Before there were LOLcats, perhaps there were GUFFAWcats. Yes, it seems history has always had a soft spot for silly pictures of little furry things that meow. Plus, check out items on Liam Neeson, light beer and more in this weekend edition of Blog Log, your window into what’s going on online.
“After gazing upon the vintage ‘meme,’ we can’t help but wonder if an affinity for funny felines is the thread that’s holding humanity together.” — blogger at huffingtonpost.com philosophizes about a 1915 book called “The Little Folks of Animal Land” by Harry Whittier Frees. The book compiles photographs of small pets — mostly kittens — dressed up like humans doing human things, such as celebrating a birthday, working out and operating a cannon. Because obviously.
“This is one of those near-perfect, peeled-onion, airplane-hijacking thrillers in which each removed layer brings you closer to a single, happy tear.” — Wesley Morris at grantland.com lauds “Non-Stop,” which stars Liam Neeson as a federal air marshal, who must stop an on-board killer. “This is Agatha Christie doing the nasty with Alfred Hitchcock,” Morris writes. Perhaps one must see it to believe it.
“I know it’s still freezing out, but dignity demands that we put away the mayonnaise hot toddies and the pulled pork stouts…” — Will Gordon at deadspin.com advocates getting in shape for spring by switching to light beer, so he ranked 24 of them. Bud Light Lime landed at the bottom of the list, and Molson Canadian Light earned the top spot. What do you think is the best light beer? Tweet us @WaPoExpress or leave a comment below.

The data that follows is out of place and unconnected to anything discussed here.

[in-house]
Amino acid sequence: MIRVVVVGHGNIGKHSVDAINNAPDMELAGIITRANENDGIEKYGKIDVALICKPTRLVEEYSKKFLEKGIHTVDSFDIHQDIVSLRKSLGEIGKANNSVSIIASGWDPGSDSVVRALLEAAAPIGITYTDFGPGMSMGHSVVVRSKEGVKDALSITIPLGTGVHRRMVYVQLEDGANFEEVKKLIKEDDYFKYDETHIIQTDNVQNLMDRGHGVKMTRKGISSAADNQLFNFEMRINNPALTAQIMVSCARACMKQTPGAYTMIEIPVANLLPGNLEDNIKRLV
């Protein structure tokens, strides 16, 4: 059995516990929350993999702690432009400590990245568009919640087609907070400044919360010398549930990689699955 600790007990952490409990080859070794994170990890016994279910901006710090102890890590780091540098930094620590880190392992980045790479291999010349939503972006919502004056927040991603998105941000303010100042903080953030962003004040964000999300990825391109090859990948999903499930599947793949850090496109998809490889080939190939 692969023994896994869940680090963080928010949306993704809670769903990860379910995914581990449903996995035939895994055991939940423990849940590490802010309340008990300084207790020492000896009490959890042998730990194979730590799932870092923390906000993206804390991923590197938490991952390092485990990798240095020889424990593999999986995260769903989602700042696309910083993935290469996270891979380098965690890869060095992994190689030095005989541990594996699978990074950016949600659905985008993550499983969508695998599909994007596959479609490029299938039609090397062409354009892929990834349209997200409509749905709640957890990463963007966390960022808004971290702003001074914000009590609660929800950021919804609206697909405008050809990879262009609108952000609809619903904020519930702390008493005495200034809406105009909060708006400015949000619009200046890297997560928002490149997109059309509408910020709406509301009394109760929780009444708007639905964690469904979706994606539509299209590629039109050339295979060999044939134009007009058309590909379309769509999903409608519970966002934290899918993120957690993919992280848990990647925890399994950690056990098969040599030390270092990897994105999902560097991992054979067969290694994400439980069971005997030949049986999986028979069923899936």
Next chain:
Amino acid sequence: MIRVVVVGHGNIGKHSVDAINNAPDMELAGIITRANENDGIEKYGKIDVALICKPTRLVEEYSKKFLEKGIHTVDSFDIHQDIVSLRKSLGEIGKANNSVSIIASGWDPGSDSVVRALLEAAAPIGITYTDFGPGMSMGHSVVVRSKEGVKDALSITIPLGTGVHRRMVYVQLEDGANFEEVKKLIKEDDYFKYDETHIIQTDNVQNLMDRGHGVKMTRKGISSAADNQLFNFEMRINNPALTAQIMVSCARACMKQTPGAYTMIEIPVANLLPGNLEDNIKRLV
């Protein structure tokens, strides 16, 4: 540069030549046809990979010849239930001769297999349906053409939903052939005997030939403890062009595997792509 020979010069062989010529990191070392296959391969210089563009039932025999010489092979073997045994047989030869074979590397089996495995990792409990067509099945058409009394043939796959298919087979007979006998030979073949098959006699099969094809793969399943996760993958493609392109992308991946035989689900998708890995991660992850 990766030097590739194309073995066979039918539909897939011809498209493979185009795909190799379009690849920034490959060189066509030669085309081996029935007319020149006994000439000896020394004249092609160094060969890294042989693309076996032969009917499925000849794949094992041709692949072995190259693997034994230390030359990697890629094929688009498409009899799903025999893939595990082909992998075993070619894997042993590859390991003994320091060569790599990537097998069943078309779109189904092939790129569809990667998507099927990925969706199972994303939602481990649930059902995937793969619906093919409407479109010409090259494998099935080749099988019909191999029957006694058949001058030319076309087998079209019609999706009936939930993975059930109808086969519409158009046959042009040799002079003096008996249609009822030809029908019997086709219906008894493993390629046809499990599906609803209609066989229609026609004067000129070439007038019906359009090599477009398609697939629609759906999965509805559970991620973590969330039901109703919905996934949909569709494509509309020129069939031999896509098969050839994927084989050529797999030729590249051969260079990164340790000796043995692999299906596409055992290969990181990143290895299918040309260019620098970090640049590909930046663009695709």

“Now I have an excuse for why it took so long to lose my virginity.” — commenter leftocracy at wisebread.com reacts to an infographic that illustrates the habits of those with high IQs. Besides being avid readers and critical thinkers, those with high IQs are less likely to lose their virginity in their teenage years.
“Now if only I could write a 223-Page Novel In Just 77 Minutes…” — commenter ianeassonrogerscom at businessinsider.com wishes he could write a novel as fast as some people can read one with the aid of Spritz, a speed-reading technology that works by reducing the amount of time your eyes spend moving around the page. But to rush through a 223-page novel, you’ll need to practice — to cover it in just over an hour, you’ll have to Spritz through it at 1,000 words per minute. According to Spritz, the average reading speed is 220 words per minute.